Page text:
advice from the best in the biz, free.One of the things that I like the most about this "new web" world we live in, is that it seems the sharing of information is par for the course. Everyone is doing it; sharing like we were taught to do in kindergarten.
Even best-selling authors, and the kind of guys that charge $1500 plus for a seat at their keynotes are giving their best stuff away for no charge. Some people like to protect their ideas and teachings under lock and key, while others recognize the value of letting their work spread virally, and want the world to know that they can "pass it on," as long as fair credit is given.
In the spirit of that, Creative Commons was created to make this trading of information legal. Essentially, Creative Commons gives authors, bloggers and other content creators a "legalese" agreement with their readers that says that if you give the author credit and a link, you may republish any of their material. Business Owners take note: this content is free when you follow the rules, and it's terrific stuff. Use the CC search engine to find what you need. Cheers to John Jantsch for the reminder.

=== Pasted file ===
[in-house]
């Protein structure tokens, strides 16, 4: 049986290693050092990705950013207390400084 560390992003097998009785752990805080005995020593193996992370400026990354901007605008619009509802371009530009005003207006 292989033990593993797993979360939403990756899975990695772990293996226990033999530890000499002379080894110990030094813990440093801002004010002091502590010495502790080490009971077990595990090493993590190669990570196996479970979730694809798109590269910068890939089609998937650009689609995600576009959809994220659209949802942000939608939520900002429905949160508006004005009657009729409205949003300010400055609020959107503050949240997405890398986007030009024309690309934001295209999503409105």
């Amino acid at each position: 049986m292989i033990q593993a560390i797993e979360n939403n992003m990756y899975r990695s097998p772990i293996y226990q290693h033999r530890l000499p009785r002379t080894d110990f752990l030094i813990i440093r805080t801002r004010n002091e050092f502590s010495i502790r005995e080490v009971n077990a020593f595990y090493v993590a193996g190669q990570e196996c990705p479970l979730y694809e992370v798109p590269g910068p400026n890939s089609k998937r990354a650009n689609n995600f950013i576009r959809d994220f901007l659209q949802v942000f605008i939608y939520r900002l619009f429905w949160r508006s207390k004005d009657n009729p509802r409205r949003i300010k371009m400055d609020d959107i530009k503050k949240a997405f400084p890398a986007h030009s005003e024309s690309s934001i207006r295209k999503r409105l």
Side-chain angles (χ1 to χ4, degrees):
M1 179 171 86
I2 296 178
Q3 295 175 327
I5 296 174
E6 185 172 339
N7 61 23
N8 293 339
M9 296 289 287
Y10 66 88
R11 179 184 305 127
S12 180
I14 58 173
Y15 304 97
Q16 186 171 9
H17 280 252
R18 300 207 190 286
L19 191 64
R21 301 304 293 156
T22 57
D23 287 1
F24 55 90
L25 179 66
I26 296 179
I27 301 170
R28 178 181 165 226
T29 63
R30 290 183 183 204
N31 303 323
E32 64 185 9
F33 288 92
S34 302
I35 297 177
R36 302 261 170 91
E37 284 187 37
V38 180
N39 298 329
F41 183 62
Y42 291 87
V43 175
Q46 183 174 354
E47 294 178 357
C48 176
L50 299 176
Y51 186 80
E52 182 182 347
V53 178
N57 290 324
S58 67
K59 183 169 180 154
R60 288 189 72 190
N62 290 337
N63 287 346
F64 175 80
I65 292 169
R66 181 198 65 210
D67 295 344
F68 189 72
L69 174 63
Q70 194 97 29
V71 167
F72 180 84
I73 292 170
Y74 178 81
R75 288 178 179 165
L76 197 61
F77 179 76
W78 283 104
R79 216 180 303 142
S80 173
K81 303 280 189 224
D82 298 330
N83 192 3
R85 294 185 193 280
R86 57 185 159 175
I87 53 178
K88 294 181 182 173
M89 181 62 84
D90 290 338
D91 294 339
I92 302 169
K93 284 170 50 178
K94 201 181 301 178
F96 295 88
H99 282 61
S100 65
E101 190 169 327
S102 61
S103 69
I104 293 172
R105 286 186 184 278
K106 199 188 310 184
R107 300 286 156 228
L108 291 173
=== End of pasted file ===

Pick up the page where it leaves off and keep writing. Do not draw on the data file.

Disclosure:: I haven't signed up with Creative Commons yet, but consider my ramblings public domain. And you can quote me on that. Getting a licence from CC just went on my "to do" list. Maybe I'll put it into my Google Calendar.
Bonus humour link:: Rob Masefield, my good friend and designer is an Australian living in Canada. Which as it turns out, is not without its challenges.
This is the kind of item that I can see going viral. Vancouver grocery stores, take note!